Airbag lamp on dashboard constantly on

Hello,
few days ago the Airbag lamp on the dashboard lit up and didn't go off after few seconds as usually. I'm guessing something is wrong with the airbag
system, but I'm a bit concerned as to what kind of expense I can expect if I take it to the service? I'm pretty much broke atm, so I can't really afford some expensive repairs :(
On the other hand, I have no idea as to what could've caused the problem. I didn't have an accident or anything like that, it's been pretty much just normal driving.
I'm also wondering could it be it's just a signal to have the airbag system checked (the car is A4, year 2000.)?
Thanks for the help!
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I would have it serviced.
How much would it cost to fix your face? Or how much is your life worth?

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The airbags saved my sister-in-law's life about 4 years ago. I think she suffered no major injuries too!
Fixing it can save yours too! Maybe a sensor or faulty grounding connection. Have someone scan the ECM for the trouble code(s).
Hmmm I wonder if you have an accident, you are injured, the airbags do not deploy and your insurance co. does not want to pay you anything for your injuries. They claim you operated an unsafe vehicle. hmmm
JMHO
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later,
dave
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dave AKA vwdoc1 wrote:

What happened before airbags were installed as standard equipment? What about all the cars out there that don't have airbags installed!!
I agree he should get it fixed though.
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The insurance on any car is weighted based on many things including it's safety features. If they aren't working the insurance company could weedle out of paying for injuries that were potentially caused or may have been made worse by the failure of the airbag system. Really depends on the insurance company.
Mike
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Mike wrote:

Thats true. I'd imagine most insurance companies would take a dim view of non-working safety equipment.
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message

Well, the other replies haven't been particularly helpful!
If your car has front seat belt tensioners (the bit the buckle clips into, near the transmission tunnel), then these are the usual suspects. Either the pyrotechnic "grabber" has failed (a relatively cheap item), or more usually, the electrical connector under the base of the seat has an open circuit. This can be either general electrical corrosion, or more often, the connector gets disturbed by rear passenger feet, stowing objects under the seat, or over-zealous vacuuming under the seat.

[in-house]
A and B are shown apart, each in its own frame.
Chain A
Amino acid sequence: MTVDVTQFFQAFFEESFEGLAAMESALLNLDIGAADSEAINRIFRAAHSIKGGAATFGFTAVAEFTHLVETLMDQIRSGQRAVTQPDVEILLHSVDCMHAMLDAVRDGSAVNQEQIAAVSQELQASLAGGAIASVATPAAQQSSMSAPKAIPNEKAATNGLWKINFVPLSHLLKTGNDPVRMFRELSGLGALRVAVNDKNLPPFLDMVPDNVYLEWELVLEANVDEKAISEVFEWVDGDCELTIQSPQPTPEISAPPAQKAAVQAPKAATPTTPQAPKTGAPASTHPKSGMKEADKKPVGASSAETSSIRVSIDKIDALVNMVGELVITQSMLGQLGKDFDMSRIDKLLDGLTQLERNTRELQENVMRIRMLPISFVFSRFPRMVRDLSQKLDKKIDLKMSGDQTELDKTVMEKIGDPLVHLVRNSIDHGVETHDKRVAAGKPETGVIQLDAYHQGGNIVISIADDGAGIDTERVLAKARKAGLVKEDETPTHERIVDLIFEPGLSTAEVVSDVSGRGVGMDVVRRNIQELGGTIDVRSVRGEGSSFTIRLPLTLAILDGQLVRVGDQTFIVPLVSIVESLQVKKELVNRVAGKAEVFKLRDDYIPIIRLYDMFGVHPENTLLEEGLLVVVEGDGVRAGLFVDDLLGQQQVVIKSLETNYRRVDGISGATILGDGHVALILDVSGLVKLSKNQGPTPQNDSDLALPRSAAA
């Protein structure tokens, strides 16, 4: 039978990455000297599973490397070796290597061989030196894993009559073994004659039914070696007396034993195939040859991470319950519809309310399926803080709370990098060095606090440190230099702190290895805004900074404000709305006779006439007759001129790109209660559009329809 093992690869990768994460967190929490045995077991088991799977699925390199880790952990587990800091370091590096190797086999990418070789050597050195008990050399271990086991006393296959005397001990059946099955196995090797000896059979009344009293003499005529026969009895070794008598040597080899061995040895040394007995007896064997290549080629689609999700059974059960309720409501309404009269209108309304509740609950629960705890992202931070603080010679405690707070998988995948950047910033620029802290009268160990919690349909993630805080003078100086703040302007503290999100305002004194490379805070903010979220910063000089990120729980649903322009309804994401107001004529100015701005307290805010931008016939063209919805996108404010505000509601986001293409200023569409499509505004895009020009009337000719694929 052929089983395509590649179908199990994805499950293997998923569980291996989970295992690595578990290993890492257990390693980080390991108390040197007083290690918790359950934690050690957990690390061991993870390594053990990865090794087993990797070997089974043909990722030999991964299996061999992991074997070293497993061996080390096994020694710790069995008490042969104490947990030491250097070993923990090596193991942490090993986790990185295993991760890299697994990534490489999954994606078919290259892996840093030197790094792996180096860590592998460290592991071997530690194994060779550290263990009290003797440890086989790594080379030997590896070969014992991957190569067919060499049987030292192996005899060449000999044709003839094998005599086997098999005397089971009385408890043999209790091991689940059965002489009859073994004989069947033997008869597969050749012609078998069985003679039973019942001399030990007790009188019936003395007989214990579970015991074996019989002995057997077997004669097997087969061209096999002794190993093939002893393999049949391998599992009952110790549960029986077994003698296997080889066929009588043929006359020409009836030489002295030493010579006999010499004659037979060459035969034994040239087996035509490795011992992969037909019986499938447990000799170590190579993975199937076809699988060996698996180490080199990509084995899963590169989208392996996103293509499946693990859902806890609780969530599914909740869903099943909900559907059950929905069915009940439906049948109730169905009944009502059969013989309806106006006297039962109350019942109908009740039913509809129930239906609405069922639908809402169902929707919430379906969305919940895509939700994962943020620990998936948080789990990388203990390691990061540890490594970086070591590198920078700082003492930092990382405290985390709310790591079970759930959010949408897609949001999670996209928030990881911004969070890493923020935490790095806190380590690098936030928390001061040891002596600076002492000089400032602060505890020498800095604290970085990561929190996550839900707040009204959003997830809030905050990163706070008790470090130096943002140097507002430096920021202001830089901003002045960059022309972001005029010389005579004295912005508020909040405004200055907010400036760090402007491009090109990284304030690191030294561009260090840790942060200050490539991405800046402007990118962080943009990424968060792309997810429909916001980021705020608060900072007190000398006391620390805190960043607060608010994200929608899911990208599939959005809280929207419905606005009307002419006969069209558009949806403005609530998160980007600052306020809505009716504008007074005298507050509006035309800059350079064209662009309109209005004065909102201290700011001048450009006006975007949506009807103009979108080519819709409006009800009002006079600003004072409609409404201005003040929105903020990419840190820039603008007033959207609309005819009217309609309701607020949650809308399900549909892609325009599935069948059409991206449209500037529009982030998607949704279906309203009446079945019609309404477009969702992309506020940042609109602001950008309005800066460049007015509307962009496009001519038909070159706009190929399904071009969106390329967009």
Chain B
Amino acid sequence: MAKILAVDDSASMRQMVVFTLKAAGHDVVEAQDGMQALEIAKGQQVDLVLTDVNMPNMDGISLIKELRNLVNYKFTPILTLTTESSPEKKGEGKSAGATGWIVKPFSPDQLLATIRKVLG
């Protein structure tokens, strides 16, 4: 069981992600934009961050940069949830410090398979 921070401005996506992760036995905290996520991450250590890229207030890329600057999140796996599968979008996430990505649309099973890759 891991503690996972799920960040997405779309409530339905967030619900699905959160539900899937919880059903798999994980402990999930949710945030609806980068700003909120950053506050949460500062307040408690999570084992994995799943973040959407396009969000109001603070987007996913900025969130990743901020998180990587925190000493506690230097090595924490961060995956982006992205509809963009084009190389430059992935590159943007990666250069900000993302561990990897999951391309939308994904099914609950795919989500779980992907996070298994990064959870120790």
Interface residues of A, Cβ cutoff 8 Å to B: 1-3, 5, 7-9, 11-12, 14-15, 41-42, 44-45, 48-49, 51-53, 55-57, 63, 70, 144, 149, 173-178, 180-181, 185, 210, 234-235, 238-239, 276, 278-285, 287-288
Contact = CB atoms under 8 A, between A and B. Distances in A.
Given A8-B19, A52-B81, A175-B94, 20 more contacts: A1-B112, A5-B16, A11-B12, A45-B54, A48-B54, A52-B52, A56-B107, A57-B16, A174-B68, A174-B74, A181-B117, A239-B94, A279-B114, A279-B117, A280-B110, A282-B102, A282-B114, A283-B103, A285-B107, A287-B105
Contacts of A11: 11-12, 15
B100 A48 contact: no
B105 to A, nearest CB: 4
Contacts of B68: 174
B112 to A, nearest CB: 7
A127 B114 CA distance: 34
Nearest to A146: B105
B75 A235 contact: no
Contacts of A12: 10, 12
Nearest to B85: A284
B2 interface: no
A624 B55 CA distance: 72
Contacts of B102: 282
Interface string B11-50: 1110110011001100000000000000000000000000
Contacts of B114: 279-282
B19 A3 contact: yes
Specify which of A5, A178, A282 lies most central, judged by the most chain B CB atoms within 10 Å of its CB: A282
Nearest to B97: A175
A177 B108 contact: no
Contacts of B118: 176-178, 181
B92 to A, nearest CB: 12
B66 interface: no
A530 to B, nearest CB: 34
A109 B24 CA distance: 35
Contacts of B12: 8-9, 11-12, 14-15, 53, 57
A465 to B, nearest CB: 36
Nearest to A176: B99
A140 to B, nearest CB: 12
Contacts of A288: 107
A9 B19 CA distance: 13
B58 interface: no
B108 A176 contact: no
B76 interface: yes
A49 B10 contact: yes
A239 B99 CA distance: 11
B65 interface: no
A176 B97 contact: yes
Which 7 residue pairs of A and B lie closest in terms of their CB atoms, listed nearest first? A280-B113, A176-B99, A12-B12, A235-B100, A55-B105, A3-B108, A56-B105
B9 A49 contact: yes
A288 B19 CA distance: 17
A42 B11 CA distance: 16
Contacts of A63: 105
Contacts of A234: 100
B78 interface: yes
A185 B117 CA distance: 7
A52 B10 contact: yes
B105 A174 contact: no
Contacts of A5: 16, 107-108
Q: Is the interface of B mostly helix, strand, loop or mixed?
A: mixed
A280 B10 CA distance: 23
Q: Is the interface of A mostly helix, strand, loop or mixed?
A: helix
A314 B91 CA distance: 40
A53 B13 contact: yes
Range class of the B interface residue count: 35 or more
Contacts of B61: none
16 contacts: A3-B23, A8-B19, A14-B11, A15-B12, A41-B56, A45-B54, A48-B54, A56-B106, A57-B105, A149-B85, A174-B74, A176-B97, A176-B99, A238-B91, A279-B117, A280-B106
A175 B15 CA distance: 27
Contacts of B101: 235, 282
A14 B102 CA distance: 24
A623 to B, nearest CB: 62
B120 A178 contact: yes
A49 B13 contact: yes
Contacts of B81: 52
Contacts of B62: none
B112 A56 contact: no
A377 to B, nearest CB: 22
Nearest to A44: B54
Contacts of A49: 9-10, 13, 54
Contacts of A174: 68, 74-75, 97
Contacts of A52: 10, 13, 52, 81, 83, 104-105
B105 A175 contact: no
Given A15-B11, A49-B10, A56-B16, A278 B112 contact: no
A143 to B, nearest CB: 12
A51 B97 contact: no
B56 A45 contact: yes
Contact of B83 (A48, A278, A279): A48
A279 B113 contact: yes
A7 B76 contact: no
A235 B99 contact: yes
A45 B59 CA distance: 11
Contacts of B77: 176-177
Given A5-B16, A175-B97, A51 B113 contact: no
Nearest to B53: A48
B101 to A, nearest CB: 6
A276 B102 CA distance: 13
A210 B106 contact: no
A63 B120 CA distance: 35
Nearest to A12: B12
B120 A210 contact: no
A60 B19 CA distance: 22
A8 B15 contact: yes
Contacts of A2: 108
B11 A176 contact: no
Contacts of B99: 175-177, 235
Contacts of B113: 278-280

Unfortunately, you will need a proper diagnostic check, either main stealer, or a friend with VAG-COM (and your offering of a small case of beer ;-) ). A simple clearing of the stored fault codes is often enough to clear the airbag light.
Whatever you do, do NOT try to unplug and reconnect the under-seat connector, either with the ignition on, or with the battery connected, as this will throw another DTC error code, store it in the ECU, and still keep your airbag light on.
Whilst the airbag light is illuminated, ALL SRS functions will be disabled, irrespective of the "faulty" component, so please do get this checked out and sorted.
Rgds, Sean
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Thanks a bunch, this is all very usefull info. I suspect it might be the contact under the seat, since I sort of remember doing a very thorough cleaning of the car before the lamp went on :)
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Drazen Stojcic Buntovnik wrote:

You'll get a lot of postings here about what should be in principle be true, without a lot of real experience on the part of the authors, regarding the actual fault itself.
My small contribution: I got the airbag light after thumping the steering wheel in frustrating heavy traffic one morning. It persisted even after turning off the ignition and restarting.
Clearing the codes via the Bosch PC program (equal to but not the same as VAG-COM) at my indy had no effect. In this case, the mechanic removed the cowling to the steering wheel airbag, exposing the connecting wires, replaced them, then reset the fault codes via the PC. Seems there was an intermittent fault which was fixed by this simple action. This indy workshop is a team of ex-Audi dealer mechanics who started up their own business so their knowledge appears good. Given the risks for triggering the system by accident, I was happy for the experts to do this instead of me.
Conclusion - even if a fault light cannot be reset by software alone, the hardware fix required to clear the problem may be quite simple, so I'd always suggest going to a reputable indy (who has sufficient diagnostic tools and experience) to see if the problem is relatively simple and cheap to fix; you might be in for a pleasant surprise ...
/Robert (2001 A4 Avant 1,8 TS, 8D chassis)
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